When Weaver and Becker held the titles, times were much different. Tag team title matches were often on the main event slot of the card. The titles were not considered second tier and were respected as much as the Heavyweight title was in the territories.
Rene Goulet was a big Johnny Weaver fan. “Every time Johnny Weaver was in the ring, it was a great match,” Goulet said in The Tag Teams. “He was over in the territory, sold good, he was a great babyface. He was a hell of a worker in the ring. People liked him. When you used to beat the hell of him, the people used to go crazy.”
Weaver would also win the Mid-Atlantic Tag Team titles with partners Art Nielson (on two occasions), Dewey Robertson (who later became The Missing Link) and Jay Youngblood. Weaver’s last run with Youngblood would be in December 1981 before losing to Ox Baker and Carl Fergie.
He would find himself successful at times as a singles wrestler too. He would hold the NWA Florida Southern Heavyweight Championship on numerous occasions starting in 1967. He would also capture the Mid-Atlantic Television title from Baron von Raschke on March 5, 1978 in Charlotte, N.C. He would drop the title back to von Raschke on March 26.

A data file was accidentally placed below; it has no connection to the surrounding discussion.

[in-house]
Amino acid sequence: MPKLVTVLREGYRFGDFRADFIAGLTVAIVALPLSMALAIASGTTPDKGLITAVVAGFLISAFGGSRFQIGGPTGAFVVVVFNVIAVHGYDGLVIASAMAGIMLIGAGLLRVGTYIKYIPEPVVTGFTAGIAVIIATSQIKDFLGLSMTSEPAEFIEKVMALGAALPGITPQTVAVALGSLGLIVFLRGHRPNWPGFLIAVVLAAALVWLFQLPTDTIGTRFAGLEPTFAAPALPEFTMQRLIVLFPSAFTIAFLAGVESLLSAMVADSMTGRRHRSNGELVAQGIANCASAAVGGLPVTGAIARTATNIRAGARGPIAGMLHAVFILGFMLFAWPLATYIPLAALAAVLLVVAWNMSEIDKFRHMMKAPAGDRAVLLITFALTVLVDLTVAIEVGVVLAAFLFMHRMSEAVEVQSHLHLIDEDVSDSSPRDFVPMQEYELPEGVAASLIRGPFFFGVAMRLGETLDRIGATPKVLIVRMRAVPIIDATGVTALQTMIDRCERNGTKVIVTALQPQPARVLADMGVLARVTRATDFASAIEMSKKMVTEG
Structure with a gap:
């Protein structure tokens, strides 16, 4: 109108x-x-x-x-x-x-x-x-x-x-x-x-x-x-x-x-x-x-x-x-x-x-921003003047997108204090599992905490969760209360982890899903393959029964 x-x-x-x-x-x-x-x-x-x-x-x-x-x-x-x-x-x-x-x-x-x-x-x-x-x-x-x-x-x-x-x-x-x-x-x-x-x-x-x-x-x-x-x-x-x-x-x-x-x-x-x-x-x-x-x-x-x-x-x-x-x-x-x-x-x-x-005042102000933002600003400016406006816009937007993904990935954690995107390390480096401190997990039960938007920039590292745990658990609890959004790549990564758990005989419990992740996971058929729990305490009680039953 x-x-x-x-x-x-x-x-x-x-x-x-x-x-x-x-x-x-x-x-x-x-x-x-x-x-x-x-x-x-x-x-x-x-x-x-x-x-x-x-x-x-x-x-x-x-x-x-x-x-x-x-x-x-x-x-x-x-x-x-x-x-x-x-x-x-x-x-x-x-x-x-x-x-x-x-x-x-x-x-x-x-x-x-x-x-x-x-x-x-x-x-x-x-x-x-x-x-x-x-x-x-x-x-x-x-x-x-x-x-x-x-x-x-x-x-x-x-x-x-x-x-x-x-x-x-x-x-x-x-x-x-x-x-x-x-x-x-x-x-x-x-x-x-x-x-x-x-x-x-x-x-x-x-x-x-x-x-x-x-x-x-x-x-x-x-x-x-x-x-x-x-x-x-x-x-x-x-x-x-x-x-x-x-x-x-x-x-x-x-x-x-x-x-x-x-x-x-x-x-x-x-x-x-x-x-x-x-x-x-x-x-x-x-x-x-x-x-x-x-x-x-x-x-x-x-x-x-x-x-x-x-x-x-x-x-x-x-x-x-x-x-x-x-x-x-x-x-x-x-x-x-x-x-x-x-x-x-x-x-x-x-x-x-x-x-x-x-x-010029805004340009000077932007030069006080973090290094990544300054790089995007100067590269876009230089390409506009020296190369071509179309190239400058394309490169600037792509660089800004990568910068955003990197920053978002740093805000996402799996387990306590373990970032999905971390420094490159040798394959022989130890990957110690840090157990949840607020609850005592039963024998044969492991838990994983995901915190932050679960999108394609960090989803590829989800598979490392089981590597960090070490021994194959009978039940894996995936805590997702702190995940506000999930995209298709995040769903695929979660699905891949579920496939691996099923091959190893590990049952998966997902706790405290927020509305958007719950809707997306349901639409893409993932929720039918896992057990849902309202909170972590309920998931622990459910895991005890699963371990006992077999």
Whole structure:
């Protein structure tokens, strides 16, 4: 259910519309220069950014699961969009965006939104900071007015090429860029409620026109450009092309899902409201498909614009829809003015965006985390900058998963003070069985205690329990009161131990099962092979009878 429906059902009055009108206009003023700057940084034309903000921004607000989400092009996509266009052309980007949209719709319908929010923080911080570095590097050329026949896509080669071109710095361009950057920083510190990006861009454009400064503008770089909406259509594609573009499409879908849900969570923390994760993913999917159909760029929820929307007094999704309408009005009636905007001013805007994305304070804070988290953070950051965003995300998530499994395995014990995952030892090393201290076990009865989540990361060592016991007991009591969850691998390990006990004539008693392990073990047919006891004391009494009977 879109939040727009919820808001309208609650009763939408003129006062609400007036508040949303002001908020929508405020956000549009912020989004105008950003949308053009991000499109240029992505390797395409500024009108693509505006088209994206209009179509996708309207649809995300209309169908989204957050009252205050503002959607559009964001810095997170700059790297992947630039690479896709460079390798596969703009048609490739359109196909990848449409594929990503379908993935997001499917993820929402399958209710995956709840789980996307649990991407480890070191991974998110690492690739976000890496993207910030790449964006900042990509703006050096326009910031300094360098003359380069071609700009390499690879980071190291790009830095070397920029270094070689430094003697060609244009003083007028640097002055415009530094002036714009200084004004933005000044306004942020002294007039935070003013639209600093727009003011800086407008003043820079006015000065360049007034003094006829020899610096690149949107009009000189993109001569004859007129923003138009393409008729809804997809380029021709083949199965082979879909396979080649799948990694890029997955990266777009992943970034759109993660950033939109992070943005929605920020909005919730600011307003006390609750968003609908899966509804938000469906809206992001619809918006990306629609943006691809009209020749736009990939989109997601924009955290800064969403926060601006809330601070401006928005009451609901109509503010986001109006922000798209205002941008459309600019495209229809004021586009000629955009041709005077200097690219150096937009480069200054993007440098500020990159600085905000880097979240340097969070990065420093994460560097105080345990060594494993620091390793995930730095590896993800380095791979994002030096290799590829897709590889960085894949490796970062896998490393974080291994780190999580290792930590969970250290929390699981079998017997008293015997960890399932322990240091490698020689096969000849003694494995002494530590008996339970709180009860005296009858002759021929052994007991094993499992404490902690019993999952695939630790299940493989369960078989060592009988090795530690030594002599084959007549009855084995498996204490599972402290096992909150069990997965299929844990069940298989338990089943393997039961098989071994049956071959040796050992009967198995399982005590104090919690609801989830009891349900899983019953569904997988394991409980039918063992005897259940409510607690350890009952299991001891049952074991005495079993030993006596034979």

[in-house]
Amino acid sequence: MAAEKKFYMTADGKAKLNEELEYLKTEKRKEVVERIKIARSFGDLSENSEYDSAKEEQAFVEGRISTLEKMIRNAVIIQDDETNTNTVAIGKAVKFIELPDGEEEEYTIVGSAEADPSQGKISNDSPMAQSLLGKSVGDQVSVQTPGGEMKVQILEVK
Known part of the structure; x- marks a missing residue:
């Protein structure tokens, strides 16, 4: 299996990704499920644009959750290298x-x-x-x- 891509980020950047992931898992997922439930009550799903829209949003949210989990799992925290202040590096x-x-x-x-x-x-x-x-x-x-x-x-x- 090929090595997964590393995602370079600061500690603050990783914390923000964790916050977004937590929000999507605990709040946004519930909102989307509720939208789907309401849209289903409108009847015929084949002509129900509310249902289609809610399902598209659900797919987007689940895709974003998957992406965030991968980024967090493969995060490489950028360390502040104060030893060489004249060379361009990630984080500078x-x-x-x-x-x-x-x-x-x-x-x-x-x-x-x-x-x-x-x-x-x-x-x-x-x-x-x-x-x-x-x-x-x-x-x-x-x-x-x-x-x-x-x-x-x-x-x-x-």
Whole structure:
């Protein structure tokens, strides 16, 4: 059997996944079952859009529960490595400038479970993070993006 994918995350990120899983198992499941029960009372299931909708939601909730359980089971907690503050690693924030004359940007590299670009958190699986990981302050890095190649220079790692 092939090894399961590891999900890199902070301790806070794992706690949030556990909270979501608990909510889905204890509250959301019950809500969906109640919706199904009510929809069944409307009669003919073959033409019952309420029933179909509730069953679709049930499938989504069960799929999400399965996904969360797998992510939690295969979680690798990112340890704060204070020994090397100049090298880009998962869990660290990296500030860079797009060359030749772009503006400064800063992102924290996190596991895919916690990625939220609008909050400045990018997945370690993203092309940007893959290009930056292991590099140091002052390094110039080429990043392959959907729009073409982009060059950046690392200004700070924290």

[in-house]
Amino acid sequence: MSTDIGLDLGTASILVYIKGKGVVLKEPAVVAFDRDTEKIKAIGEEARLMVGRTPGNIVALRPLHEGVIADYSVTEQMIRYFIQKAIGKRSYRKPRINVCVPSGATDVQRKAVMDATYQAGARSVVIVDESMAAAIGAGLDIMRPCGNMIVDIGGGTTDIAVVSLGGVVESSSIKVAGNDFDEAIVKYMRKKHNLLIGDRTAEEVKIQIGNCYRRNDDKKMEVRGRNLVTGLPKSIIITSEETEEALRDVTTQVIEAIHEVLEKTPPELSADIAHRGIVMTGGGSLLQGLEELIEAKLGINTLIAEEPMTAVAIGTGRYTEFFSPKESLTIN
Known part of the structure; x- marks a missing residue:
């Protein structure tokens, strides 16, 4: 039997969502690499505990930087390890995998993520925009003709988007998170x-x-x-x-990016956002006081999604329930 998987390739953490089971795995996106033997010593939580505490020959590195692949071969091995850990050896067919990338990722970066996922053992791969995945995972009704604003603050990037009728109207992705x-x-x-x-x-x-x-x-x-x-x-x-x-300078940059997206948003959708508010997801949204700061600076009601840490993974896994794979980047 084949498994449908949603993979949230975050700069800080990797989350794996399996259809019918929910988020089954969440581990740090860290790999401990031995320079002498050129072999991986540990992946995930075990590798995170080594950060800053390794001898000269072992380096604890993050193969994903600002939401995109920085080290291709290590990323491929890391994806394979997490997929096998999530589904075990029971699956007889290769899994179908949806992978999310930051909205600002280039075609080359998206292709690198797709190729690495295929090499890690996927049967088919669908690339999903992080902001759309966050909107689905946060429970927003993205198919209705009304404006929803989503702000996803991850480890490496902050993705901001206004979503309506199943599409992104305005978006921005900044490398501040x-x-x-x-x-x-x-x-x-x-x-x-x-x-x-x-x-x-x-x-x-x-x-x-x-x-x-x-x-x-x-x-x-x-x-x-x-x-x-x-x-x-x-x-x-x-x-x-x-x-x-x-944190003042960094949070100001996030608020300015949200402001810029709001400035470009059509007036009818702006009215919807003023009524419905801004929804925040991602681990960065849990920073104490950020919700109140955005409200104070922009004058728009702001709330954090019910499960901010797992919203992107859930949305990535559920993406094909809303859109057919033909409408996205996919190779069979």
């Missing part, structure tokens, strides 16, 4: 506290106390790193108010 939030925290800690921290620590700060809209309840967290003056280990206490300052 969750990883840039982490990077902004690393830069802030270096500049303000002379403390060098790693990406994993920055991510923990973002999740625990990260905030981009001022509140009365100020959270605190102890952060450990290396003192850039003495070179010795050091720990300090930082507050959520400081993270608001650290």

His role as a booker for the Mid-Atlantic territory came surprisingly years apart. His first filled the role in the late 1960s and in the early 1980s, he booked Mid-Atlantic house shows in South Carolina and Georgia. Weaver was also the booker for the time in the late 1970s/early 1980s that Jim Crockett owned the Toronto territory, in partnership with George Scott and the Tunneys.
In 1979, he started as announcer for the territory while still active in the ring next to Rich Landrum on World Wide Wrestling Weaver would also partner with David Crockett and Bob Caudle before leaving the company in 1988, before the sale to Ted Turner.
In a lengthy interview with the Mid-Atlantic Gateway website from late 2007, Weaver addressed his aging in front of the fans. “You know how I knew time was passing me by? I was always fan friendly and I would get dressed and go out and talk to the people all the time during all of the matches up until it was time for me to go on. I did that for years and years and years. The girls would all run up and hug me. And then finally, they started running up to me, the girls, and they’d throw their arms around me, about a 100 of them, and they’d whisper in my ear, ‘Go get Ricky Steamboat.’ (laughter) And then I knew I was over the hill.”